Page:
This book runs into a common pitfall in tone that many authors struggle with: it lacks a sense of humor. In trying to create a serious world with serious issues, de Bodard risks a certain homogeneity in her characters by making them all fairly humorless. I’m not saying the characters have to be a laugh a minute; not a single one has to crack a joke, so long as there’s at least some acknowledgement of some of the fundamental ironies in the situations she’s created. There are angels and priests struggling to believe in a God they know must be real, and a former ascetic bound by an obligation of stolen flesh, and no one gets a grin out of it. Humor is one of the ways we cope, and it’s also a way of creating breaks in the tension. Even tension can be monotonous. While The House of Shattered Wings doesn’t descend into that, ratcheting up the mysteries and punctuating the narrative with action to break things up, it does totter on the edge from time to time.
***Note to Biblical Scholars and Theology Enthusiasts:***
There is a fantastic Bible joke early on if you know what you’re looking for: Oris says that he’s found evidence that “adelphos” means “brother” and not “cousin.” Actually, “adelphos” does mean brother. The issue comes from Mark 6:3 and Matthew 13:55, which refer to the “adelphos” of Jesus. This could imply that the Virgin Mary was no longer a virgin if, you know, she had other kids (Mary’s perpetual virginity is important to some). Hence many Christian scholars trying to make “adelphos” mean cousin. Apparently they succeeded. Having an ex-Angel puzzle this out is extra-hilarious. This is, however, a laugh for the maybe 20 people who read Greek and have a background in theology, and my point about humor still stands.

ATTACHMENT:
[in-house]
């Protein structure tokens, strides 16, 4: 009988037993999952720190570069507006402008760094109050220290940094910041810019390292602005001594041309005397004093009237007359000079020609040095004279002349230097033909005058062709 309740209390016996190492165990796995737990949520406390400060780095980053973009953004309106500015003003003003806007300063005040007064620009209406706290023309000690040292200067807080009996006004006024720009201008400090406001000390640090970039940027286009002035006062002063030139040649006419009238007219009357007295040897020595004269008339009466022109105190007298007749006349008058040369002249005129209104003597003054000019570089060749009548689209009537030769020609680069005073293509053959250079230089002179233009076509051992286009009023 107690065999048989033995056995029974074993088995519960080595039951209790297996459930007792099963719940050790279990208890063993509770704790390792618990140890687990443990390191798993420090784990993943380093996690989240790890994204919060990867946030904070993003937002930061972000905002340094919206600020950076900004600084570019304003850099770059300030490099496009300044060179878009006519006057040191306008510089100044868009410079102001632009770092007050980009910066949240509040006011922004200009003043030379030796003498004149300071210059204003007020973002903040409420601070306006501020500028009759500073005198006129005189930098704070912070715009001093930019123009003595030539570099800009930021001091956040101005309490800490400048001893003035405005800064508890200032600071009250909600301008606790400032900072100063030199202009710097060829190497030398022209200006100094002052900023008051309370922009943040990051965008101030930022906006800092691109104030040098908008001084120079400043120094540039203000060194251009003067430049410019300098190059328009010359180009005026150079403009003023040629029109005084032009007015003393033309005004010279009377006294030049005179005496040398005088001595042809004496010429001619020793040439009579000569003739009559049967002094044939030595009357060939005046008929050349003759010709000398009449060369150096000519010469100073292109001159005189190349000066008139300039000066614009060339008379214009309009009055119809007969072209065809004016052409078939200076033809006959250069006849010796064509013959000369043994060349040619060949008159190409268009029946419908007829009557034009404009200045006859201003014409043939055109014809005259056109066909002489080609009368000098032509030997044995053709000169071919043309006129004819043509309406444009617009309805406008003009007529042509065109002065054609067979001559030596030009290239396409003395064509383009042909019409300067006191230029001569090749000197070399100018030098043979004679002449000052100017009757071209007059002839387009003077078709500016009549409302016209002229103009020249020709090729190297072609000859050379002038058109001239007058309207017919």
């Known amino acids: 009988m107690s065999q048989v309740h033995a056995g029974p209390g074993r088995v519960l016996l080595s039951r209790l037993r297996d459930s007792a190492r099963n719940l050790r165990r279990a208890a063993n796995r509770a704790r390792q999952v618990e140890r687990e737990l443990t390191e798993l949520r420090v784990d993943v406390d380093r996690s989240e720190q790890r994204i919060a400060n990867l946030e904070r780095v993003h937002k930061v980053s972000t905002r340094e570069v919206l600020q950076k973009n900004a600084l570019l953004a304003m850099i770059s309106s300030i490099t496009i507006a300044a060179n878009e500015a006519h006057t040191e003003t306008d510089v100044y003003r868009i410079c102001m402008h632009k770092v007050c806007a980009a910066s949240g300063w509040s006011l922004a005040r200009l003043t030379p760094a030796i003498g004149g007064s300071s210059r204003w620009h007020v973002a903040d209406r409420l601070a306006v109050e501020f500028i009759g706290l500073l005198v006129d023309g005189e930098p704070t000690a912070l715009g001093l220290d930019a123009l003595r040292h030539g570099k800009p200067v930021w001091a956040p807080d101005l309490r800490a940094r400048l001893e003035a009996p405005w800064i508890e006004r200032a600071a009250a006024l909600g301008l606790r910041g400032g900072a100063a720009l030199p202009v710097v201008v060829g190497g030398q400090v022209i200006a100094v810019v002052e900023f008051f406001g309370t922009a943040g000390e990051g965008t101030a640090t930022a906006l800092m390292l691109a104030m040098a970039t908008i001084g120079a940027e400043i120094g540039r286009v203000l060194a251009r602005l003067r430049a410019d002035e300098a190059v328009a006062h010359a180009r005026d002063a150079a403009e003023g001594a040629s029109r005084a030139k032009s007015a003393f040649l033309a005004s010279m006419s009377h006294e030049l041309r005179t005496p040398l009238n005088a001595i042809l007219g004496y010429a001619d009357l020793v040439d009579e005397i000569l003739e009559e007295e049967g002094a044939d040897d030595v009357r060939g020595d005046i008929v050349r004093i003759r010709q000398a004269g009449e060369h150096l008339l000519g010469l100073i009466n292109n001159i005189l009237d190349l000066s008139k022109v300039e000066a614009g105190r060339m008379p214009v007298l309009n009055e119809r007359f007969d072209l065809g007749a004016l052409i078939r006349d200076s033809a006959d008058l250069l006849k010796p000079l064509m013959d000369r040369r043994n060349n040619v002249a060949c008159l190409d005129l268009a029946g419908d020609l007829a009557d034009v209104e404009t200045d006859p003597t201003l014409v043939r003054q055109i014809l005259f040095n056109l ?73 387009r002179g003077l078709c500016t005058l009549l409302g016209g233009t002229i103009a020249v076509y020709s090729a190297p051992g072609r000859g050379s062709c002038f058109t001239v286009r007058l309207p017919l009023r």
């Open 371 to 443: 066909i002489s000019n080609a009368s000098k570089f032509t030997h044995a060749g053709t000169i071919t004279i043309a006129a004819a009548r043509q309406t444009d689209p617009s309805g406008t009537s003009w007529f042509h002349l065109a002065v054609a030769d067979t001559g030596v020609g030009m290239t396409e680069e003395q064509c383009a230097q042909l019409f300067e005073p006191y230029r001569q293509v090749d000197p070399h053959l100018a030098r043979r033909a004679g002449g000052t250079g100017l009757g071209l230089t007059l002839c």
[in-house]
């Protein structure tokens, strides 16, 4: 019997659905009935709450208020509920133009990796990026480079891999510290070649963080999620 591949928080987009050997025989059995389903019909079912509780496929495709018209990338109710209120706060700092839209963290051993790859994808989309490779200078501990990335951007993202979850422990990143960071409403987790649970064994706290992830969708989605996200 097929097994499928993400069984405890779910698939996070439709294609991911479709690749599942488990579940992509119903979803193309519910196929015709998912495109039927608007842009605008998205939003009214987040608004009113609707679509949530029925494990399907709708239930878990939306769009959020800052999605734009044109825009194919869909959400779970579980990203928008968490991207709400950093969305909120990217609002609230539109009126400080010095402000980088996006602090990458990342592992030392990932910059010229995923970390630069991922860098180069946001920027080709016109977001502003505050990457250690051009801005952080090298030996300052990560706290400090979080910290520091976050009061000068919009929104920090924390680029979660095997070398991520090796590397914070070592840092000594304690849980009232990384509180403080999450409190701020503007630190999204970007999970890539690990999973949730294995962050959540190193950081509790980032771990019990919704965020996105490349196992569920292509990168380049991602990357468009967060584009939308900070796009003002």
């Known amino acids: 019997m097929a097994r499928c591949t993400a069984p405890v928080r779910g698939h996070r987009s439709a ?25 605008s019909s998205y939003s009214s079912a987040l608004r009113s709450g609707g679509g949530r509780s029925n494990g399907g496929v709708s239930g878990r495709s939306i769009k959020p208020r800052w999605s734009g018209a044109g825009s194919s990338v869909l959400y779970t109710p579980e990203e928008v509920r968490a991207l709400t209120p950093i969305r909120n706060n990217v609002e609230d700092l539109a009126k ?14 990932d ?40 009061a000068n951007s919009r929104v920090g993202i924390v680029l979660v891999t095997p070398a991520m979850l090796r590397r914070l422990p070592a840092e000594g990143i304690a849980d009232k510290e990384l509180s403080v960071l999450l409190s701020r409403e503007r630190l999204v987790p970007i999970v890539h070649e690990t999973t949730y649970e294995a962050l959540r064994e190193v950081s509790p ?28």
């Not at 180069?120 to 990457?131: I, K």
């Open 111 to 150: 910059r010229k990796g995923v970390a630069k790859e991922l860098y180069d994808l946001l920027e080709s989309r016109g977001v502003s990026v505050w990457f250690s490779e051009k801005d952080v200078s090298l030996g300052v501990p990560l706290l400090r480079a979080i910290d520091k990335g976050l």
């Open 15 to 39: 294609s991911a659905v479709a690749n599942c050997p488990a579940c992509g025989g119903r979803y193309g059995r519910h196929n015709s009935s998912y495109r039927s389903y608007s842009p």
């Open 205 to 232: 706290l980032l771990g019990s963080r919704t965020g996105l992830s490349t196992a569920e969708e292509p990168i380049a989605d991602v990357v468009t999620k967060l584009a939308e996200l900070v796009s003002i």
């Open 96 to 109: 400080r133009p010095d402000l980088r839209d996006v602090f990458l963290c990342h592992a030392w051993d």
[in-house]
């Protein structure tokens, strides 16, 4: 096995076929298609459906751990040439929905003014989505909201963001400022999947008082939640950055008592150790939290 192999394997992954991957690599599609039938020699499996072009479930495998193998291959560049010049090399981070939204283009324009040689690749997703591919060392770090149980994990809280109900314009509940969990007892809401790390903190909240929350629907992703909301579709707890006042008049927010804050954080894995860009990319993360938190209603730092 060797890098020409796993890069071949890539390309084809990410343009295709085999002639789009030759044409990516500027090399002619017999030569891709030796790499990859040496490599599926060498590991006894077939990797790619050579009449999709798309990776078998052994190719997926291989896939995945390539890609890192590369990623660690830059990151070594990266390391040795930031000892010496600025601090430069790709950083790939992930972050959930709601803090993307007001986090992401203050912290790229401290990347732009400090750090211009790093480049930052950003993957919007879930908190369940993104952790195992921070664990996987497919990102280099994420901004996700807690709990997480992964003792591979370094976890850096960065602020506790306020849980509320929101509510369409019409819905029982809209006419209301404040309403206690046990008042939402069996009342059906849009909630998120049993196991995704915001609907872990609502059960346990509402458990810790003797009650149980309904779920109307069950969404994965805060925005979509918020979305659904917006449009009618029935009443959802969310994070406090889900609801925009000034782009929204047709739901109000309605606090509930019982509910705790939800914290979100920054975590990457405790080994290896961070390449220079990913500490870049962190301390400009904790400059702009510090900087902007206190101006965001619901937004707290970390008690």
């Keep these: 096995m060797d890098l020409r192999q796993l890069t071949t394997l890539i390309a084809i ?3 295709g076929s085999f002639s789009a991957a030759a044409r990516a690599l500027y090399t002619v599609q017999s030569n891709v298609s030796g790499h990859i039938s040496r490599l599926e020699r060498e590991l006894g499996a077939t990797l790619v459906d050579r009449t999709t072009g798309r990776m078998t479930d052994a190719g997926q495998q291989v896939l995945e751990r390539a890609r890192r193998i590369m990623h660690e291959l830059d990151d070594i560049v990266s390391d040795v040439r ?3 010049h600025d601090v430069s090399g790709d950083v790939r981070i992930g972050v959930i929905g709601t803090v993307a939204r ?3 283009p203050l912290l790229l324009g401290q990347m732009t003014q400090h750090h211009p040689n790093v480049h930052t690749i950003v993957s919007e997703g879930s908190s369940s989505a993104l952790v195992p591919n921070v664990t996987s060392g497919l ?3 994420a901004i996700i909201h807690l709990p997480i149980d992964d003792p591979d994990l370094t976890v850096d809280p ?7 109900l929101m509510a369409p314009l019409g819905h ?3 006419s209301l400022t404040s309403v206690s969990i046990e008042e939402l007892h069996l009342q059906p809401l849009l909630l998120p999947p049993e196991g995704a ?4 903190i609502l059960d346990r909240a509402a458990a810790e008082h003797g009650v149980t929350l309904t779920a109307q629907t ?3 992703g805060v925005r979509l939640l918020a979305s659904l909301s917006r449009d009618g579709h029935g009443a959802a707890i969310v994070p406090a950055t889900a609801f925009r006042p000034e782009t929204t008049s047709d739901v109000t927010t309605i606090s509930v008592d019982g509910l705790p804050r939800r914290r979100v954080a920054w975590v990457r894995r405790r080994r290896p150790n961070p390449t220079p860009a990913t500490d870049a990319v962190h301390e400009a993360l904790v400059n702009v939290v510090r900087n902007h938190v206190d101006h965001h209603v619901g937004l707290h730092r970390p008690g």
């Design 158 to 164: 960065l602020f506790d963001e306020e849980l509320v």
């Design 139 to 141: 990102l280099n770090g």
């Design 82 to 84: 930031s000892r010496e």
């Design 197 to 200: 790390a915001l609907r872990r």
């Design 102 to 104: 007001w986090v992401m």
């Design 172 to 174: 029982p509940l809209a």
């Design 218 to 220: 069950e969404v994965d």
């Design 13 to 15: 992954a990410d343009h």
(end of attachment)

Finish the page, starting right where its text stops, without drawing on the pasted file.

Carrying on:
***End Scholarly Nerding***
Because de Bodard chose this sub-genre, I feel it’s necessary to point out several issues that go along with it. First of all, although she does an admirable job of contending with an absent and potentially indifferent God, there is no mention of Jesus or the wider presence of the church. It’s not surprising. These elements make things infinitely more complex from a thematic and theological standpoint, and also run an even higher risk of offending readers. But since de Bodard has characters mention the New Testament and even attend Catholic mass, it becomes a more glaring omission. There needs to be more engagement with the deeper roots of the Christian mythos, just as there is with the mythos of Vietnam.
Second, two of the major Fallen characters, Selene and Asmodeus, are in same-sex relationships. There’s no overt issue here, both relationships are handled with appropriate complexity, depth, and individuality. However, given the current relationship between Christianity and homosexuality, it’s hard to avoid thinking about the broader implications. I’m not saying de Bodard is equating homosexuality with sin–she makes it clear at the start that angels lack gender before they fall. This is merely an observation that there is some very boggy territory here, and more conversations about the theology of it all would have been welcome. Such conversations would have fleshed out the world of the Fallen as well.
It is, as ever, barely a criticism to want more from a book. I could easily have enjoyed another hundred pages or so of detail about Paris, about some of the characters, and about the underlying mythologies. I dearly hope that de Bodard will return to this world and its characters, since she can do more with less–with the diminished, the lost, and the dispossessed–than many others have in their far more typical dystopias. It is an admirable addition to the difficult subgenre of angelology, and one that deserves a wide audience.
House of Shattered Wings will be available August 18, 2015